Letter | Published:

Single-layer MoS2 transistors

Nature Nanotechnology volume 6, pages 147150 (2011) | Download Citation

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Abstract

Two-dimensional materials are attractive for use in next-generation nanoelectronic devices because, compared to one-dimensional materials, it is relatively easy to fabricate complex structures from them. The most widely studied two-dimensional material is graphene1,2, both because of its rich physics3,4,5 and its high mobility6. However, pristine graphene does not have a bandgap, a property that is essential for many applications, including transistors7. Engineering a graphene bandgap increases fabrication complexity and either reduces mobilities to the level of strained silicon films8,9,10,11,12,13 or requires high voltages14,15. Although single layers of MoS2 have a large intrinsic bandgap of 1.8 eV (ref. 16), previously reported mobilities in the 0.5–3 cm2 V−1 s−1 range17 are too low for practical devices. Here, we use a halfnium oxide gate dielectric to demonstrate a room-temperature single-layer MoS2 mobility of at least 200 cm2 V−1 s−1, similar to that of graphene nanoribbons, and demonstrate transistors with room-temperature current on/off ratios of 1 × 108 and ultralow standby power dissipation. Because monolayer MoS2 has a direct bandgap16,18, it can be used to construct interband tunnel FETs19, which offer lower power consumption than classical transistors. Monolayer MoS2 could also complement graphene in applications that require thin transparent semiconductors, such as optoelectronics and energy harvesting.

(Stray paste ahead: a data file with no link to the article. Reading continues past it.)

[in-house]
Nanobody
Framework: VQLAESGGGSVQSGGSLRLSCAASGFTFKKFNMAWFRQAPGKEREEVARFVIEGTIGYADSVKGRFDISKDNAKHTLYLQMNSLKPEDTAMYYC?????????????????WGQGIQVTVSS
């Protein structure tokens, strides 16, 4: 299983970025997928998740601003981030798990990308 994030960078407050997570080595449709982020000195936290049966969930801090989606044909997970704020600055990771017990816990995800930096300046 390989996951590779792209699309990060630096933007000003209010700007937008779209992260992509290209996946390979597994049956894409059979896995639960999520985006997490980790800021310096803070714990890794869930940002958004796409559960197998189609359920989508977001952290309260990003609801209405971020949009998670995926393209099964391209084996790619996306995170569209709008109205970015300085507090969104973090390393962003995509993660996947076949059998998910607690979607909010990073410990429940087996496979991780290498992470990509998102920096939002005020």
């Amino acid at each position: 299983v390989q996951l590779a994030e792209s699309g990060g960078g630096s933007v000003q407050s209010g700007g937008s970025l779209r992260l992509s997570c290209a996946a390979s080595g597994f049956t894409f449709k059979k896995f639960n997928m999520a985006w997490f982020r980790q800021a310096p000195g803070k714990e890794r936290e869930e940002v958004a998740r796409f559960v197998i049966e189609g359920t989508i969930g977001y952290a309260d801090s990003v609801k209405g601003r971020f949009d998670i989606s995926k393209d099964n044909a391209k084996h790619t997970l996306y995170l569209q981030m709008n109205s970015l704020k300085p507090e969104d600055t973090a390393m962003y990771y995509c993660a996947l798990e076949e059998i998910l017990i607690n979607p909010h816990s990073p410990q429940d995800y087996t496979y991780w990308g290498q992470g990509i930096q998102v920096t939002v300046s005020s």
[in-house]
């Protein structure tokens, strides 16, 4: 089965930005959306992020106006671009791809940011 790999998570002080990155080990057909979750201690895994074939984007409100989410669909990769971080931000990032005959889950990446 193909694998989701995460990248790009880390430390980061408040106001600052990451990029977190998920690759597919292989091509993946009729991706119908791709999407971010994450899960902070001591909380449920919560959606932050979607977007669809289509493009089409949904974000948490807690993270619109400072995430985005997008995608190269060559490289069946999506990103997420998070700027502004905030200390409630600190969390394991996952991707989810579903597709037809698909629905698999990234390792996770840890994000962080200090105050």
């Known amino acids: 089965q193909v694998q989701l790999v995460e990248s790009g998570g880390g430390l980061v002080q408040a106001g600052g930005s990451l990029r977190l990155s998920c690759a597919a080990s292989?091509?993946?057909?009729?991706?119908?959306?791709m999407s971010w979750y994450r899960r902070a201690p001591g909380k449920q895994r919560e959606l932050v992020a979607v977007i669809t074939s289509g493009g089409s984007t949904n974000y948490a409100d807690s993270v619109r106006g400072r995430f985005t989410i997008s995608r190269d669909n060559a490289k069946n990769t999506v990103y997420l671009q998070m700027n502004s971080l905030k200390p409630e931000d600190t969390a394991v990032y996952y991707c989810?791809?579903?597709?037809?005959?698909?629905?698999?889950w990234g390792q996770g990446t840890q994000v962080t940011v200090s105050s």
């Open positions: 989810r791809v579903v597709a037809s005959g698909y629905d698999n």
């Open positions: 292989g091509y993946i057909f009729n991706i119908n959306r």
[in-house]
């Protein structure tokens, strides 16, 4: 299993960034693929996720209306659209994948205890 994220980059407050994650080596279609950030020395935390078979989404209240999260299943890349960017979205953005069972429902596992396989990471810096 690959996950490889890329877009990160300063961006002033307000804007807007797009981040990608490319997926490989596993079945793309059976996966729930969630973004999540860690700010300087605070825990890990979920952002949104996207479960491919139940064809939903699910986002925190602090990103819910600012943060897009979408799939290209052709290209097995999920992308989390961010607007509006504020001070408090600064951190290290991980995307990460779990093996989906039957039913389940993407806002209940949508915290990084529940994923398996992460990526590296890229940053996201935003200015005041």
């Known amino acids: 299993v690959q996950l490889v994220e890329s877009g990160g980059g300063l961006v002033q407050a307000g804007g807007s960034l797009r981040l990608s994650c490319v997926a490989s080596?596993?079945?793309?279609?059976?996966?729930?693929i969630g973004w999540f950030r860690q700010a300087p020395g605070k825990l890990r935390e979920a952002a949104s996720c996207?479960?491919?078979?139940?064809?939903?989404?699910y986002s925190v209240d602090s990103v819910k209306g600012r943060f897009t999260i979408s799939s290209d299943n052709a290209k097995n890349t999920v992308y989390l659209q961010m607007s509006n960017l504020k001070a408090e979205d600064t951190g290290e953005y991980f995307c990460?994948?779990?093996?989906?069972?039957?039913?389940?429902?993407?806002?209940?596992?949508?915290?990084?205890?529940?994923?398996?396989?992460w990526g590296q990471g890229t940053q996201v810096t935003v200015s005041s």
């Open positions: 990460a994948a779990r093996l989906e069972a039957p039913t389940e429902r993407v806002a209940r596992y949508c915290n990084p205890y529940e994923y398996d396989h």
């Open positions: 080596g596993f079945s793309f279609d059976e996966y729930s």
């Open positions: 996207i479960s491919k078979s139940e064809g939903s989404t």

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Change history

  • 17 February 2011

    In the version of this Letter originally published online, the label 'Vtg' was missing from Fig. 3a and the expression 'μ = 217 cm-2 Vs' should have read 'μ = 217 cm2 V-1 s-1' in Fig. 3b. These errors have now been corrected in all versions of the Letter.

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Acknowledgements

The authors thank G. Seifert, T. Heine and Y. Paiss for useful discussions. Device fabrication was carried out in part in the EPFL Center for Micro/Nanotechnology (CMI). Thanks go to K. Lister (CMI) for technical support with electron-beam lithography. This work was financially supported by the European Research Council (grant no. 240076, FLATRONICS: electronic devices based on nanolayers).

Author information

Affiliations

  1. Electrical Engineering Institute, Ecole Polytechnique Federale de Lausanne (EPFL), CH-1015 Lausanne, Switzerland

    • B. Radisavljevic
    • , J. Brivio
    • , V. Giacometti
    •  & A. Kis
  2. Institute of Biotechnology, Ecole Polytechnique Federale de Lausanne (EPFL), CH-1015 Lausanne, Switzerland

    • A. Radenovic

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Contributions

B.R., J.B., V.G. and A.K. worked on device fabrication and contact optimization. A.R. built the system for atomic layer deposition of HfO2. B.R. and A.K. performed measurements and analysed the data presented in the paper and Supplementary Information. A.K. initiated the research and wrote the manuscript. All the authors read and commented on the manuscript.

Competing interests

The authors declare no competing financial interests.

Corresponding author

Correspondence to A. Kis.

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DOI

https://doi.org/10.1038/nnano.2010.279